Van Ness has a motor that is always running hot when it comes to pursuing the ball. In this first clip, Van Ness starts to counter back inside after turning #79 Dawand Jones around on his initial punch. However, Van ness trips on another lineman, but he manages to get up and quickly track down #7 C.J. Stroud for the sack. In the second clip, Van Ness crosses face of Paris Johnson Jr. as the running back takes the short pitch, tracking him down in the open field before leveling him right in front of the first down marker.

Lukas Van Ness has spent time playing both interior defensive line as well as out on the edge, but he has shown a capability of dropping into coverage. He is a good athlete that has experience playing on his feet as you can see in this clip against the Buckeyes, dropping into the middle of the field before locating the pass and quickly rallying to the football to bring down the receiver.

Van Ness has also made quite the name for himself as a special teams contributor, being a viable weapon to block kicks and punts thanks to his height and long wingspan. In fact, Van Ness blocked two punts in the same game this past season against in-state rival Iowa State.

However, while the physical tools are tantalizing, Van Ness still has a long way to go to become the player he is capable of being. He lacks a pass rush plan, often running full speed with a bull rush instead of winning with hand usage and technique. Plenty of his sacks were in the “clean up” or effort variety rather than being high-quality QB takedowns. Also, Van Ness is a bit of a tweener, lacking the size to be a base 3-4 DE but is super-sized as a standing OLB. Should he want to be able to kick inside, he must improve his leverage and functional strength to prevent him from getting blown off the ball like we see on this rep in the running game.


Overall, Lukas Van Ness is a young, athletic defender that has his best football yet in front of him. He may not have ever started a game at Iowa, but that isn’t for a lack of sheer talent. Van Ness’ size, explosiveness and strength make him quite the power rusher, being capable of giving OL fits as a pass rusher off the edge or when kicking inside. Still, He needs to get functionally stronger to hold up against the run as he will get driven off the ball. Van Ness also needs to improve is nuances of the game when it comes to hand usage and ability to get off blocks routinely to become a capable three-down starter in the league.

When watching Van Ness, Payton Turner of the New Orleans Saints comes to mind as a similar pro comparison. Turner was drafted out of Houston last season as a surprise first-round pick, also possessing great size and length (6’5 1/2”, 270lb, 35” arms) as a pumped-up edge rusher that also played inside for the Cougars. Turner also was an effective power rusher that had big man athleticism given his size, but also was extremely raw in terms of his technique and hand usage as a pass rusher.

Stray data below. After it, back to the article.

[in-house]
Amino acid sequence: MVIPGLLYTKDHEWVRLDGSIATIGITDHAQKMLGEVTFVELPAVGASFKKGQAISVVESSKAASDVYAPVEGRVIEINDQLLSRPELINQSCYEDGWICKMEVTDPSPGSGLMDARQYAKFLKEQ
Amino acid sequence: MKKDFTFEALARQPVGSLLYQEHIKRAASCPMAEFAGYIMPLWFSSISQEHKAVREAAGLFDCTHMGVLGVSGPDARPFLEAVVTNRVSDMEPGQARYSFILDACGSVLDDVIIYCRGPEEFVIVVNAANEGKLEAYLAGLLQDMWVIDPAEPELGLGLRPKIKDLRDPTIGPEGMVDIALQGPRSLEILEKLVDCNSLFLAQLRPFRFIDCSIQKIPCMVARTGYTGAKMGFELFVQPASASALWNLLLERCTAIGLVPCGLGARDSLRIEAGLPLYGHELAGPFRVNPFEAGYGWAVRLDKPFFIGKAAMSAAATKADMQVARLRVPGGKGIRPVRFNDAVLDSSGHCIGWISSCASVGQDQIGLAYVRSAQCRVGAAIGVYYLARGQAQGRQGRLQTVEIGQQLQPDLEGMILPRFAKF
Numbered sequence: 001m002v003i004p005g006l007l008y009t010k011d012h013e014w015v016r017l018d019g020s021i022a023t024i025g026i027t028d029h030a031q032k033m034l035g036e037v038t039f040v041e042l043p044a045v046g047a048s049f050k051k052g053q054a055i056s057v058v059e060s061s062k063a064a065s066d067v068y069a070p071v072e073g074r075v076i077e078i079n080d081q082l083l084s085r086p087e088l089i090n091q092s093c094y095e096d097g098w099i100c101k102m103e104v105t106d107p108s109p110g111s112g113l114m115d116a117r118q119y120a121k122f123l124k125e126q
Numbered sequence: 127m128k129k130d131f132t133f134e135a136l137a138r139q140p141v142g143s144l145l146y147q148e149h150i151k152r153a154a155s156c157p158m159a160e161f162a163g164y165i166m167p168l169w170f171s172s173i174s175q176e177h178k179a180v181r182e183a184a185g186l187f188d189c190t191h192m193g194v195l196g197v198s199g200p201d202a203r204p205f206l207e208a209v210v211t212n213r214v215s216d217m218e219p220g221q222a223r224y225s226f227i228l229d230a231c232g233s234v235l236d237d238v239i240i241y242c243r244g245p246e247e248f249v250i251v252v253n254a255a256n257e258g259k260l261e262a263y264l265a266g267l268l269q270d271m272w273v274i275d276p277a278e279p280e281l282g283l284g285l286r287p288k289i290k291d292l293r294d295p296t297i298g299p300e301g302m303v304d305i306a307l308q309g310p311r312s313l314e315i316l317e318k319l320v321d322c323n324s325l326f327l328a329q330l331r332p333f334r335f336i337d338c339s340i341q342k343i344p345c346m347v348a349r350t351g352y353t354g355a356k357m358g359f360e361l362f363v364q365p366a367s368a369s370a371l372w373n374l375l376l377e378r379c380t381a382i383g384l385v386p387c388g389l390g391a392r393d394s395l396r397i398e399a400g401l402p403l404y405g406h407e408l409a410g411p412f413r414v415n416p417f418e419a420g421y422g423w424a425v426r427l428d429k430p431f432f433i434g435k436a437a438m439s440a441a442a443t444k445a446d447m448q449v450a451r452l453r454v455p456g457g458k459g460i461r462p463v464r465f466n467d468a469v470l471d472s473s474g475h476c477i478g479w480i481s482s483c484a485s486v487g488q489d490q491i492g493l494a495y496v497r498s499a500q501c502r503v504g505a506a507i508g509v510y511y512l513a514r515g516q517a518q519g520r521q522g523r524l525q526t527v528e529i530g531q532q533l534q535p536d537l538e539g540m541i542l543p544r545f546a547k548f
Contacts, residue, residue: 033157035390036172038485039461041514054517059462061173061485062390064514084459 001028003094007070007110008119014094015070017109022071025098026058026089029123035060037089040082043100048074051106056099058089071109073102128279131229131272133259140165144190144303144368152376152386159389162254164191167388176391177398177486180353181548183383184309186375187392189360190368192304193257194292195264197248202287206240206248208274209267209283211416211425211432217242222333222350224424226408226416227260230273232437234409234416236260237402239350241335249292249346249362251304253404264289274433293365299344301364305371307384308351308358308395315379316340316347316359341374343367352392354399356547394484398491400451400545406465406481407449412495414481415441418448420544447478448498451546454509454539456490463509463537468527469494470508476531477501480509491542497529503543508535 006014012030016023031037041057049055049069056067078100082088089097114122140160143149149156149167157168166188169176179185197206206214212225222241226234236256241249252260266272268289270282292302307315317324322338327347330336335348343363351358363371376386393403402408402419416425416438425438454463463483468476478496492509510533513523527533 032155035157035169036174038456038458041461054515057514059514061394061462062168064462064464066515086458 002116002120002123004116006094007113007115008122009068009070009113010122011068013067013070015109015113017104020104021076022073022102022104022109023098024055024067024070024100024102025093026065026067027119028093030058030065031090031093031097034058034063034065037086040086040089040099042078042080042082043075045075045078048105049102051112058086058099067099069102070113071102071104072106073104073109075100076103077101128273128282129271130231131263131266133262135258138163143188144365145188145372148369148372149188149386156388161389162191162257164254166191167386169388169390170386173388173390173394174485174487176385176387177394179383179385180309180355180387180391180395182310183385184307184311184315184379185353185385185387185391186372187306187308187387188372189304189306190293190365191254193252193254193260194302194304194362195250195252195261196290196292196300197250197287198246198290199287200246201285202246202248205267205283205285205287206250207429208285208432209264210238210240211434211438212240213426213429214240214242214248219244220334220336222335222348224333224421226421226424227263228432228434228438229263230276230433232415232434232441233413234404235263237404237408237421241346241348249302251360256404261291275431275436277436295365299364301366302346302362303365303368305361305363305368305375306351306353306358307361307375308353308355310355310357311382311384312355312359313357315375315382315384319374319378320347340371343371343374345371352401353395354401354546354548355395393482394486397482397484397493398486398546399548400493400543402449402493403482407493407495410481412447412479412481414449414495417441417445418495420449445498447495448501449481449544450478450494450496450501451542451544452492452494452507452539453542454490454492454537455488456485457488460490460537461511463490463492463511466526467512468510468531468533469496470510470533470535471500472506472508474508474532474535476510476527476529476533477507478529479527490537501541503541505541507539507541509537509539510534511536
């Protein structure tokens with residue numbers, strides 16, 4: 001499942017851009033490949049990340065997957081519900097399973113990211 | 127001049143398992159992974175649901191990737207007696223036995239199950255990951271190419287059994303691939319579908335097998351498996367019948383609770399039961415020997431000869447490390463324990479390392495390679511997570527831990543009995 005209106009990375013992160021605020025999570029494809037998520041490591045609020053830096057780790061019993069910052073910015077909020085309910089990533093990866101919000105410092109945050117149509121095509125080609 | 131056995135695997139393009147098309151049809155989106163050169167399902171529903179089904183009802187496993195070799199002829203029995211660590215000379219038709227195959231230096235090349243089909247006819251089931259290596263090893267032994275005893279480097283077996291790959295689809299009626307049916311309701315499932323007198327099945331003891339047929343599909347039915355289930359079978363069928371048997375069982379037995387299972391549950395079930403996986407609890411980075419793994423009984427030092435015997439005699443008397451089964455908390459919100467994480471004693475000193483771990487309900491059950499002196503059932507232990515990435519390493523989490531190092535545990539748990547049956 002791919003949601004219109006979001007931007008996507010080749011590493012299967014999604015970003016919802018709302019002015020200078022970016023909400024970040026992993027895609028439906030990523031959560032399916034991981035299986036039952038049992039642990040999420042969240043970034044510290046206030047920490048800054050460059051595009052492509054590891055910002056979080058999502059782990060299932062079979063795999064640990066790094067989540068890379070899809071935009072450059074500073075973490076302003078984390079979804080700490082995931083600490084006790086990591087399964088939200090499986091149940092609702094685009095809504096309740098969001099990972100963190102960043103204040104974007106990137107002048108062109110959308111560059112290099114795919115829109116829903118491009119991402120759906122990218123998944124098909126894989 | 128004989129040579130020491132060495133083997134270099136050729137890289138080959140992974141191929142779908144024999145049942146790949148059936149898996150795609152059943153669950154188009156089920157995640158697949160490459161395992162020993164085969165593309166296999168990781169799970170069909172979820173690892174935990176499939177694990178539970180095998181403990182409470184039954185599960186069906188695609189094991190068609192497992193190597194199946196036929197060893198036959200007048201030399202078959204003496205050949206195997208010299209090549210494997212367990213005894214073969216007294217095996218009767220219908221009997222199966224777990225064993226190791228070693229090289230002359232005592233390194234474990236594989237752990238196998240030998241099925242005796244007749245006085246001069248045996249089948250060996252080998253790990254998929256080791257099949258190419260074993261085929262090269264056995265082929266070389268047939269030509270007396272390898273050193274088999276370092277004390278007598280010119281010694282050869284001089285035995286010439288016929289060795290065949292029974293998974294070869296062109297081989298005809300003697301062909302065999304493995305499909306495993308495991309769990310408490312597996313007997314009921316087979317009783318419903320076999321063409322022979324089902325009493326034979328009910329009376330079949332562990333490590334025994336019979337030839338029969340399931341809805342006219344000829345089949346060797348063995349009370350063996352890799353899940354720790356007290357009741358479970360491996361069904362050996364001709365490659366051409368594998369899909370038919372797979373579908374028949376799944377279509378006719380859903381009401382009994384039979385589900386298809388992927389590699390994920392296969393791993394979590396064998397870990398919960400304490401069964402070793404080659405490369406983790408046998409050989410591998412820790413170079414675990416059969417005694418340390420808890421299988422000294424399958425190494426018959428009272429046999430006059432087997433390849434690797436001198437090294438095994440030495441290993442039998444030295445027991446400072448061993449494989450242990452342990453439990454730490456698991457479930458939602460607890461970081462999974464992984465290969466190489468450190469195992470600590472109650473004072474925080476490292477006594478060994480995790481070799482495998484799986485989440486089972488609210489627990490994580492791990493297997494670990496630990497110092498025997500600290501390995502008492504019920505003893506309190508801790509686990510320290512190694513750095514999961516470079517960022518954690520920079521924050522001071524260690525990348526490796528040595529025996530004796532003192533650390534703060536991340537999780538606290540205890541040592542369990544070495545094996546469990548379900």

I foresee a similar path for Van Ness who has already been a fast riser in the pre-draft process and should only gain more steam once he tests well at the Combine. For the Steelers, Van Ness would most likely project as a 3-4 OLB that would back up Alex Highsmith and T.J. Watt. He could come in and bulk up to play DE, but it remains to be seen whether Pittsburgh would want to take more of a project at that position rather than someone who has the frame that can contribute now. Either way, Van Ness is a physically gifted defender that needs to be developed, but has the frame and traits to become a disruptive force in the league.

Projection: Mid-Day One/Early Day Two
Depot Draft Grade: 8.4 – Future Quality Stater (2nd Round)
Games Watched: at Ohio State (2022), vs Iowa State (2022), at Rutgers (2022), vs Nevada (2022)


Previous 2023 NFL Draft Player Profiles
OL O’Cyrus Torrence LB Jack Campbell WR Zay Flowers WR Parker Washington
DL Bryan Breese DT Jalen Carter OT Darnell Wright CB Joey Porter Jr.
WR Jordan Addison DL Siaki Ika DL Keeanu Benton CB Kelee Ringo
CB Cam Smith OT Dawand Jones LB Noah Sewell iOL Ulu Oluwatimi
LB Drew Sanders iOL Jarrett Patterson OG Nick Broeker OT Broderick Jones
WR Tank Dell iOL John Michael Schmitz CB Devon Witherspoon OT Paris Johnson Jr
LB Trenton Simpson CB Christian Gonzalez LB Henry To’oTo’o WR Jayden Reed
S Brian Branch DL DJ Dale EDGE Isaiah McGuire S JL Skinner
S Jordan Battle LB Isaiah Foskey LB Ivan Pace QB Anthony Richardson
EDGE Will McDonald OG Andrew Vorhees TE Michael Mayer WR Jalin Hyatt
C Ricky Stromberg CB Terell Smith CB Kyu Blu Kelly LB Dorian Williams
DL Jerrod Clark WR Ronnie Bell CB Emmanuel Forbes LB DeMarvion Overshown
OL Peter Skoronski OL Chandler Zavala WR Rashee Rice DT Gervon Dexter Sr.
CB Anthony Johnson OL Steve Avila LB Daiyan Henley DB Sydney Brown
DE Keion White CB Tre’Vius Hodges-Tomlinson CB Julius Brents